MHRT Poster Session 2020
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Item7th Annual E Ho’oulu Haumāna Presentation( 2020-08-14)The Minority Health and Health Disparities Research Training (MHRT) program allows U.S. institutions to offer short-term international and domestic research training opportunities to undergraduate and graduate students from under-represented backgrounds. Funded by the National Institute of Minority Health and Health Disparities (NIMHD) at the National Institutes of Health (NIH), the MHRT program is associated with the Department of Tropical Medicine, Medical Microbiology and Pharmacology at the John A. Burns School of Medicine, University of Hawaii at Manoa. The specific objectives of the program are to encourage students from under-represented backgrounds to pursue careers in science and biomedical, clinical, and behavioral health research and also to expose students to global health issues that relate to health disparities. The program also aims to enable collaborations between colleges/universities and international research programs. Currently, the program offers international research sites in Thailand, India, Liberia, and domestic sites in Arkansas, Utah, Washington and Guam. This year due to COVID-19 travel restrictions, students conducted their research in Hawaii. UH has partnered with leading scientists and universities in these locations to serve as research mentors for MHRT students. Selected students spend 8-9 weeks during the summer at their International training sites under the guidance of their assigned in-country mentor and their UH mentor. Students engage in a variety of international and domestic health projects in community health and tropical medicine and infectious diseases. Additionally, the MHRT program provides the opportunity to share experiences with other trainees upon returning to Hawaii and provides supporting opportunities for students to publish their research and/or present their research findings at local and national conferences. While conducting their summer research abroad, previous MHRT students also selected a cultural project to describe their experiences while living in a different country. This year, MHRT students conducted their research while sheltering in place in their own communities. To describe and document their unique experiences conducting summer research amidst the COVID-19 pandemic and restrictions, students carried out “Photovoice and COVID-19 Projects”. Photovoice is an inquiry method used in community health and action research to document through photographs, people’s experiences on an issue, describe and reflect on the issue, and propose solutions. Tonight’s presentation includes MHRT students’ photovoice projects describing their lived experiences and impressions about COVID-19 related topics while conducting their summer research projects in their own communities while proposing solutions.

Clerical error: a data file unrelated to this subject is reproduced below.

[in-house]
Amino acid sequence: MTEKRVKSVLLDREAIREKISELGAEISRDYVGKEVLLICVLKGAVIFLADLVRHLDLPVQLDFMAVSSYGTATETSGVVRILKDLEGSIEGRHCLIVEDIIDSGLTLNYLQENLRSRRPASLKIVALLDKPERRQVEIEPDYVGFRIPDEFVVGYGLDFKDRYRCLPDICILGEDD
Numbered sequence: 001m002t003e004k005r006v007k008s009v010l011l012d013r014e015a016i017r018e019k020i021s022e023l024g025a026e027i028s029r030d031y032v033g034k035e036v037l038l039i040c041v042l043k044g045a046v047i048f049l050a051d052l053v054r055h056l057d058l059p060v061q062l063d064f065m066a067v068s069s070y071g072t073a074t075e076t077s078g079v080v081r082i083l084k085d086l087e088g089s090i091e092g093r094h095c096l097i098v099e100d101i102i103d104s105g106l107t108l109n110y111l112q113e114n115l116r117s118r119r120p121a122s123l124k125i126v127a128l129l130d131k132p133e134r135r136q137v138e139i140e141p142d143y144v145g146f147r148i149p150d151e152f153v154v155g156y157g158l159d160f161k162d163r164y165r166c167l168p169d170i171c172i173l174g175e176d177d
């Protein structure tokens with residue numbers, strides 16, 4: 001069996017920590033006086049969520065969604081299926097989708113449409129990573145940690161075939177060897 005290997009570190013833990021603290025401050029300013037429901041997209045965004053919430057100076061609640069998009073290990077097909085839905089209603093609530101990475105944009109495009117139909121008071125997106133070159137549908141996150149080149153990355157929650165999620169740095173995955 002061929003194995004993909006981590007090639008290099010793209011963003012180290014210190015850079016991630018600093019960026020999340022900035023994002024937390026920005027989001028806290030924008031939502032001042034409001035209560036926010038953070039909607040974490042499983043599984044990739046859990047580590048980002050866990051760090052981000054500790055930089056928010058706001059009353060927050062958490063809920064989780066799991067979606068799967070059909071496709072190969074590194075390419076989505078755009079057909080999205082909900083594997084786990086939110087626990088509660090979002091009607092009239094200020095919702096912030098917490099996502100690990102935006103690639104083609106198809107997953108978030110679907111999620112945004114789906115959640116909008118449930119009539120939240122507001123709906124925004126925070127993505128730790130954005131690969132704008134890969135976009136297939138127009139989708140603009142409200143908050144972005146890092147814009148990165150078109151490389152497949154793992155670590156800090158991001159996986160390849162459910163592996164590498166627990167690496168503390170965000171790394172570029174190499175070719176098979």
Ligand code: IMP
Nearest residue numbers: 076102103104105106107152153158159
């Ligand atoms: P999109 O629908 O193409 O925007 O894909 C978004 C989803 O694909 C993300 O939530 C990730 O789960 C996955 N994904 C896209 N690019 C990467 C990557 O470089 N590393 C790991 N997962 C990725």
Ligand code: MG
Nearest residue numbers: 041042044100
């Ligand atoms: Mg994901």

ItemMHIRT 2020_Abstract book( 2020-08-14)